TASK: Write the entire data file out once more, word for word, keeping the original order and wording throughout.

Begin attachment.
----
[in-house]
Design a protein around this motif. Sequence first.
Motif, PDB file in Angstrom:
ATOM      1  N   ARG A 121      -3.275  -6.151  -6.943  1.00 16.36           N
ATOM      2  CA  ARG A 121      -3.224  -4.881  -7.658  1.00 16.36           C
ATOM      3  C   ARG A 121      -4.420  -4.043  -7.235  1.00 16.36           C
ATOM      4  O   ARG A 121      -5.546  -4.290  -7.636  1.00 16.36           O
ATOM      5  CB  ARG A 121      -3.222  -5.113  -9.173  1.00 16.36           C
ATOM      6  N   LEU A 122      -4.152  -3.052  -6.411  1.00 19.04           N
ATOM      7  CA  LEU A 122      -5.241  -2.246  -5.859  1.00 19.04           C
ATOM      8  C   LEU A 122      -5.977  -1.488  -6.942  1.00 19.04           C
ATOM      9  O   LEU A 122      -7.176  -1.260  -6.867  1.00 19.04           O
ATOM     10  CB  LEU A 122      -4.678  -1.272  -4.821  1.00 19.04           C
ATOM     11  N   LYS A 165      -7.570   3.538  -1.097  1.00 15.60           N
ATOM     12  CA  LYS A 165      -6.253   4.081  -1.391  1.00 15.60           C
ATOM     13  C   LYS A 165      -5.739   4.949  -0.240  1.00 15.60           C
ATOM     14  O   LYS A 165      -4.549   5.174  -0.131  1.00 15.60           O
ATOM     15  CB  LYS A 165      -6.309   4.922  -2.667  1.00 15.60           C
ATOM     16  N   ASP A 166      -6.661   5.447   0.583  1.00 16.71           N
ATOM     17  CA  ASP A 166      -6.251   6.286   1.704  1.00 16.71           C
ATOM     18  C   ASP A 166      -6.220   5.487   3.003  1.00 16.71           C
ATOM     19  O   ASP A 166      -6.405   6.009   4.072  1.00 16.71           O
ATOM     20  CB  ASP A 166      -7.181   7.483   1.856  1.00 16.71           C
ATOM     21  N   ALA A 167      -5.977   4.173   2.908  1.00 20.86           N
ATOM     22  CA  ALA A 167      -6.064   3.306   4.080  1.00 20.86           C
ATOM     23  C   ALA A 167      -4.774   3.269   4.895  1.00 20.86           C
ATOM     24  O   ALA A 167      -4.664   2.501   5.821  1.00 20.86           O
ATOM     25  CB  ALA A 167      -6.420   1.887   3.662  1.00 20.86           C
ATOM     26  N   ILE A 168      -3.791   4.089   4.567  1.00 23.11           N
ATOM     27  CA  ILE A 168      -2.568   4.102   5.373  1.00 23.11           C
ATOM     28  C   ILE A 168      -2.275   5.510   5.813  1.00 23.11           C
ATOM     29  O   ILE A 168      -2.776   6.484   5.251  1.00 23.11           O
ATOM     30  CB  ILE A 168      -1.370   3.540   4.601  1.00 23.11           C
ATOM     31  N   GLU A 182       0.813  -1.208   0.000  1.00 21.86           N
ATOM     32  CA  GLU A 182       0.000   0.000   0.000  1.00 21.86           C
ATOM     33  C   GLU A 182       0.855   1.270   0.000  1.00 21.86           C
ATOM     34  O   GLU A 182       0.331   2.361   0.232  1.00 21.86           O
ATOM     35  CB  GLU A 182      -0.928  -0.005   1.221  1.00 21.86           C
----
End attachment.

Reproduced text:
[in-house]
Design a protein around this motif. Sequence first.
Motif, PDB file in Angstrom:
ATOM      1  N   ARG A 121      -3.275  -6.151  -6.943  1.00 16.36           N
ATOM      2  CA  ARG A 121      -3.224  -4.881  -7.658  1.00 16.36           C
ATOM      3  C   ARG A 121      -4.420  -4.043  -7.235  1.00 16.36           C
ATOM      4  O   ARG A 121      -5.546  -4.290  -7.636  1.00 16.36           O
ATOM      5  CB  ARG A 121      -3.222  -5.113  -9.173  1.00 16.36           C
ATOM      6  N   LEU A 122      -4.152  -3.052  -6.411  1.00 19.04           N
ATOM      7  CA  LEU A 122      -5.241  -2.246  -5.859  1.00 19.04           C
ATOM      8  C   LEU A 122      -5.977  -1.488  -6.942  1.00 19.04           C
ATOM      9  O   LEU A 122      -7.176  -1.260  -6.867  1.00 19.04           O
ATOM     10  CB  LEU A 122      -4.678  -1.272  -4.821  1.00 19.04           C
ATOM     11  N   LYS A 165      -7.570   3.538  -1.097  1.00 15.60           N
ATOM     12  CA  LYS A 165      -6.253   4.081  -1.391  1.00 15.60           C
ATOM     13  C   LYS A 165      -5.739   4.949  -0.240  1.00 15.60           C
ATOM     14  O   LYS A 165      -4.549   5.174  -0.131  1.00 15.60           O
ATOM     15  CB  LYS A 165      -6.309   4.922  -2.667  1.00 15.60           C
ATOM     16  N   ASP A 166      -6.661   5.447   0.583  1.00 16.71           N
ATOM     17  CA  ASP A 166      -6.251   6.286   1.704  1.00 16.71           C
ATOM     18  C   ASP A 166      -6.220   5.487   3.003  1.00 16.71           C
ATOM     19  O   ASP A 166      -6.405   6.009   4.072  1.00 16.71           O
ATOM     20  CB  ASP A 166      -7.181   7.483   1.856  1.00 16.71           C
ATOM     21  N   ALA A 167      -5.977   4.173   2.908  1.00 20.86           N
ATOM     22  CA  ALA A 167      -6.064   3.306   4.080  1.00 20.86           C
ATOM     23  C   ALA A 167      -4.774   3.269   4.895  1.00 20.86           C
ATOM     24  O   ALA A 167      -4.664   2.501   5.821  1.00 20.86           O
ATOM     25  CB  ALA A 167      -6.420   1.887   3.662  1.00 20.86           C
ATOM     26  N   ILE A 168      -3.791   4.089   4.567  1.00 23.11           N
ATOM     27  CA  ILE A 168      -2.568   4.102   5.373  1.00 23.11           C
ATOM     28  C   ILE A 168      -2.275   5.510   5.813  1.00 23.11           C
ATOM     29  O   ILE A 168      -2.776   6.484   5.251  1.00 23.11           O
ATOM     30  CB  ILE A 168      -1.370   3.540   4.601  1.00 23.11           C
ATOM     31  N   GLU A 182       0.813  -1.208   0.000  1.00 21.86           N
ATOM     32  CA  GLU A 182       0.000   0.000   0.000  1.00 21.86           C
ATOM     33  C   GLU A 182       0.855   1.270   0.000  1.00 21.86           C
ATOM     34  O   GLU A 182       0.331   2.361   0.232  1.00 21.86           O
ATOM     35  CB  GLU A 182      -0.928  -0.005   1.221  1.00 21.86           C